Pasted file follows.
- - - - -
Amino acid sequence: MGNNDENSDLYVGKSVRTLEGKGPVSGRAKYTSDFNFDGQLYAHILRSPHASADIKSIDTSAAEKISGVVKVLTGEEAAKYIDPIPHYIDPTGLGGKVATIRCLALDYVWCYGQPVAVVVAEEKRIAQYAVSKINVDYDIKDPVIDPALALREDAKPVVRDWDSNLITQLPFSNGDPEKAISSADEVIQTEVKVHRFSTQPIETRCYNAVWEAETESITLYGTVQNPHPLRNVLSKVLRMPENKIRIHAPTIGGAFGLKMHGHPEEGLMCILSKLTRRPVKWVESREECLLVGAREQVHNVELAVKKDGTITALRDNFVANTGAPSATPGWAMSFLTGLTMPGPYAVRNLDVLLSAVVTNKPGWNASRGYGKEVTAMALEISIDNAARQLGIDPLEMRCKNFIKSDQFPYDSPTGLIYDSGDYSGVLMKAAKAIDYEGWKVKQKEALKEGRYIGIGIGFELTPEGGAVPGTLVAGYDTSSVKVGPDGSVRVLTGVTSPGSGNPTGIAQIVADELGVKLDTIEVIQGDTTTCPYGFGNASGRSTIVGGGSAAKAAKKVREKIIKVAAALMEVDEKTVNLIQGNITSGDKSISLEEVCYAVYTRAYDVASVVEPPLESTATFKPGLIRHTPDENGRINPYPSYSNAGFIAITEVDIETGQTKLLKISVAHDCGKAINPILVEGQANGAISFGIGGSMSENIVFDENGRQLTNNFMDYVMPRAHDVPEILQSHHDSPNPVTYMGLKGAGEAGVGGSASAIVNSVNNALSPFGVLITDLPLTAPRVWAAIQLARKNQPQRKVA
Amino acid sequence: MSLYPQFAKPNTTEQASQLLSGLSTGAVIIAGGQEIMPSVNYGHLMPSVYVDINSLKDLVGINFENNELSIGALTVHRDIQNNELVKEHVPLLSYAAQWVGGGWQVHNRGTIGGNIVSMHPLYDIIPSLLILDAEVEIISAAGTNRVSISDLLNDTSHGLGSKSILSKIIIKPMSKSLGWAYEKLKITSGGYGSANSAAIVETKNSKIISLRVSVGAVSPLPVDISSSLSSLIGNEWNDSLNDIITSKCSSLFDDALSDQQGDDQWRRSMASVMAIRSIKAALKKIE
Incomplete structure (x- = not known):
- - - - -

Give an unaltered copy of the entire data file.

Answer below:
Amino acid sequence: MGNNDENSDLYVGKSVRTLEGKGPVSGRAKYTSDFNFDGQLYAHILRSPHASADIKSIDTSAAEKISGVVKVLTGEEAAKYIDPIPHYIDPTGLGGKVATIRCLALDYVWCYGQPVAVVVAEEKRIAQYAVSKINVDYDIKDPVIDPALALREDAKPVVRDWDSNLITQLPFSNGDPEKAISSADEVIQTEVKVHRFSTQPIETRCYNAVWEAETESITLYGTVQNPHPLRNVLSKVLRMPENKIRIHAPTIGGAFGLKMHGHPEEGLMCILSKLTRRPVKWVESREECLLVGAREQVHNVELAVKKDGTITALRDNFVANTGAPSATPGWAMSFLTGLTMPGPYAVRNLDVLLSAVVTNKPGWNASRGYGKEVTAMALEISIDNAARQLGIDPLEMRCKNFIKSDQFPYDSPTGLIYDSGDYSGVLMKAAKAIDYEGWKVKQKEALKEGRYIGIGIGFELTPEGGAVPGTLVAGYDTSSVKVGPDGSVRVLTGVTSPGSGNPTGIAQIVADELGVKLDTIEVIQGDTTTCPYGFGNASGRSTIVGGGSAAKAAKKVREKIIKVAAALMEVDEKTVNLIQGNITSGDKSISLEEVCYAVYTRAYDVASVVEPPLESTATFKPGLIRHTPDENGRINPYPSYSNAGFIAITEVDIETGQTKLLKISVAHDCGKAINPILVEGQANGAISFGIGGSMSENIVFDENGRQLTNNFMDYVMPRAHDVPEILQSHHDSPNPVTYMGLKGAGEAGVGGSASAIVNSVNNALSPFGVLITDLPLTAPRVWAAIQLARKNQPQRKVA
Amino acid sequence: MSLYPQFAKPNTTEQASQLLSGLSTGAVIIAGGQEIMPSVNYGHLMPSVYVDINSLKDLVGINFENNELSIGALTVHRDIQNNELVKEHVPLLSYAAQWVGGGWQVHNRGTIGGNIVSMHPLYDIIPSLLILDAEVEIISAAGTNRVSISDLLNDTSHGLGSKSILSKIIIKPMSKSLGWAYEKLKITSGGYGSANSAAIVETKNSKIISLRVSVGAVSPLPVDISSSLSSLIGNEWNDSLNDIITSKCSSLFDDALSDQQGDDQWRRSMASVMAIRSIKAALKKIE
Incomplete structure (x- = not known):